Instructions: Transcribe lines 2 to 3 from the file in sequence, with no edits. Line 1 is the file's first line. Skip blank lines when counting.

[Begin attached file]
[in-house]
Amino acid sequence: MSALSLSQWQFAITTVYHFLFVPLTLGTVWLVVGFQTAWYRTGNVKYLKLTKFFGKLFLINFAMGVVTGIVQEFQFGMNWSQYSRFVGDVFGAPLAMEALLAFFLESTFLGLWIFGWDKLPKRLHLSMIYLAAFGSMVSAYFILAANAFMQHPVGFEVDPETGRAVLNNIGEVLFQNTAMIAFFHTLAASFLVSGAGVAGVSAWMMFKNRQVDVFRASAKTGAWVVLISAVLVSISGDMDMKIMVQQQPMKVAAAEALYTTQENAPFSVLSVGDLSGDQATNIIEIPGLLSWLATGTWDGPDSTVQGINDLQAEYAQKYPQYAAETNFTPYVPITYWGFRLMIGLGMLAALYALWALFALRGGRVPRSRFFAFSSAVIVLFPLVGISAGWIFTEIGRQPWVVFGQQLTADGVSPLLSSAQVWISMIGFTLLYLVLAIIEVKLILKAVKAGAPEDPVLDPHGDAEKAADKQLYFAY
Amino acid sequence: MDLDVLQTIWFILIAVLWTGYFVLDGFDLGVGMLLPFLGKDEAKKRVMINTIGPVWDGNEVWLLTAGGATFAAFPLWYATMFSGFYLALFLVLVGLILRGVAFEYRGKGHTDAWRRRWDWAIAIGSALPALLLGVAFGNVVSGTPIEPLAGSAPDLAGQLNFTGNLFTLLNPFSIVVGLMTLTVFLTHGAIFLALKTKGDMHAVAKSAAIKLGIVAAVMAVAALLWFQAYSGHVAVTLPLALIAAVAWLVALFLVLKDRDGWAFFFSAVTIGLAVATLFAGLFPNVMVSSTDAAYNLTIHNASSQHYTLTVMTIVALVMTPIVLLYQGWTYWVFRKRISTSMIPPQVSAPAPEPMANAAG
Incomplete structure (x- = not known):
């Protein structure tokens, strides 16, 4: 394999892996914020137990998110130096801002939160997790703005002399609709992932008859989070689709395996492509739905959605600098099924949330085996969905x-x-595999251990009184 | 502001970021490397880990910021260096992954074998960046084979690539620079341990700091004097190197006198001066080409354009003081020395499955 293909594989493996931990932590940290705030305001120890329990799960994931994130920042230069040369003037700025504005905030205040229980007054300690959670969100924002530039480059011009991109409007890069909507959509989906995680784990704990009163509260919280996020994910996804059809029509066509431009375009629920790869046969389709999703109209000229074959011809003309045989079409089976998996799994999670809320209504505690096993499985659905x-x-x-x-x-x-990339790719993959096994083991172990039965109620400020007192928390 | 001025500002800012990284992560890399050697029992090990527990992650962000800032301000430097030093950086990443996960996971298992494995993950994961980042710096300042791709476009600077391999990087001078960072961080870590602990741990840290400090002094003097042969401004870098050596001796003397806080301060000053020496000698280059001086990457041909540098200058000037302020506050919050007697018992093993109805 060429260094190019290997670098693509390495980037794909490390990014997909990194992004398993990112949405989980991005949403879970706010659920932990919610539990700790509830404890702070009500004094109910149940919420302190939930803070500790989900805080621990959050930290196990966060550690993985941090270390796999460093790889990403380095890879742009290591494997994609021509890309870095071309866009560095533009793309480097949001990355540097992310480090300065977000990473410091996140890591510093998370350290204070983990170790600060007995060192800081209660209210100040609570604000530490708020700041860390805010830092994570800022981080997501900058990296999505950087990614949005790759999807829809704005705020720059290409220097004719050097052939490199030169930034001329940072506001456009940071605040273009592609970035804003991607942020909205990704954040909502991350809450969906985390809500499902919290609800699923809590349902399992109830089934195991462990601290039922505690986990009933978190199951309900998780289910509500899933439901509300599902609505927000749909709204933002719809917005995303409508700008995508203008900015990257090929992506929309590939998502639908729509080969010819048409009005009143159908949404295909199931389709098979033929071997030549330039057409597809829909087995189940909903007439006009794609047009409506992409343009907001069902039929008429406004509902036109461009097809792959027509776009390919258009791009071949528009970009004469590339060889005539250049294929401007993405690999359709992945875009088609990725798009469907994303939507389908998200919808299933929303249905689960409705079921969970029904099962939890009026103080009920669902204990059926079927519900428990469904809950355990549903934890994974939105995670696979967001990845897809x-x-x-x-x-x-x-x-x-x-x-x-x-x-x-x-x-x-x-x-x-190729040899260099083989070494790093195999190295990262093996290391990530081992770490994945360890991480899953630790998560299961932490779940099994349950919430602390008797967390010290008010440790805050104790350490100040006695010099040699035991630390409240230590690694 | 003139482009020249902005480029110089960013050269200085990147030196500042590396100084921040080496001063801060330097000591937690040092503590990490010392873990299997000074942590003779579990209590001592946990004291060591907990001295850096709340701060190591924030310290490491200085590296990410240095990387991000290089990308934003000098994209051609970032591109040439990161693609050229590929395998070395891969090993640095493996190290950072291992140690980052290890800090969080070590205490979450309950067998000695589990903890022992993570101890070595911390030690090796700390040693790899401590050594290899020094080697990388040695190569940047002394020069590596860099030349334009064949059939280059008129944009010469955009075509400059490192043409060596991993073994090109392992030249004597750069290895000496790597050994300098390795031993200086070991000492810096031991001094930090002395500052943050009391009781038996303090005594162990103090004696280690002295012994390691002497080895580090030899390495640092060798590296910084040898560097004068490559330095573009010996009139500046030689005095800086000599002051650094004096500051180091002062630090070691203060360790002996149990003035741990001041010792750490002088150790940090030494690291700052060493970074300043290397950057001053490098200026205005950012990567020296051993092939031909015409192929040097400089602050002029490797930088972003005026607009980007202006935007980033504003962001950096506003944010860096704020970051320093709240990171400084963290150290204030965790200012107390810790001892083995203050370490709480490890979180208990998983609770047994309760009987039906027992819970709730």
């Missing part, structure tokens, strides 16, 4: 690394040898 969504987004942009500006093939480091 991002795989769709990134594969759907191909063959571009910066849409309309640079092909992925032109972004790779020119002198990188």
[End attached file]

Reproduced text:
Amino acid sequence: MSALSLSQWQFAITTVYHFLFVPLTLGTVWLVVGFQTAWYRTGNVKYLKLTKFFGKLFLINFAMGVVTGIVQEFQFGMNWSQYSRFVGDVFGAPLAMEALLAFFLESTFLGLWIFGWDKLPKRLHLSMIYLAAFGSMVSAYFILAANAFMQHPVGFEVDPETGRAVLNNIGEVLFQNTAMIAFFHTLAASFLVSGAGVAGVSAWMMFKNRQVDVFRASAKTGAWVVLISAVLVSISGDMDMKIMVQQQPMKVAAAEALYTTQENAPFSVLSVGDLSGDQATNIIEIPGLLSWLATGTWDGPDSTVQGINDLQAEYAQKYPQYAAETNFTPYVPITYWGFRLMIGLGMLAALYALWALFALRGGRVPRSRFFAFSSAVIVLFPLVGISAGWIFTEIGRQPWVVFGQQLTADGVSPLLSSAQVWISMIGFTLLYLVLAIIEVKLILKAVKAGAPEDPVLDPHGDAEKAADKQLYFAY
Amino acid sequence: MDLDVLQTIWFILIAVLWTGYFVLDGFDLGVGMLLPFLGKDEAKKRVMINTIGPVWDGNEVWLLTAGGATFAAFPLWYATMFSGFYLALFLVLVGLILRGVAFEYRGKGHTDAWRRRWDWAIAIGSALPALLLGVAFGNVVSGTPIEPLAGSAPDLAGQLNFTGNLFTLLNPFSIVVGLMTLTVFLTHGAIFLALKTKGDMHAVAKSAAIKLGIVAAVMAVAALLWFQAYSGHVAVTLPLALIAAVAWLVALFLVLKDRDGWAFFFSAVTIGLAVATLFAGLFPNVMVSSTDAAYNLTIHNASSQHYTLTVMTIVALVMTPIVLLYQGWTYWVFRKRISTSMIPPQVSAPAPEPMANAAG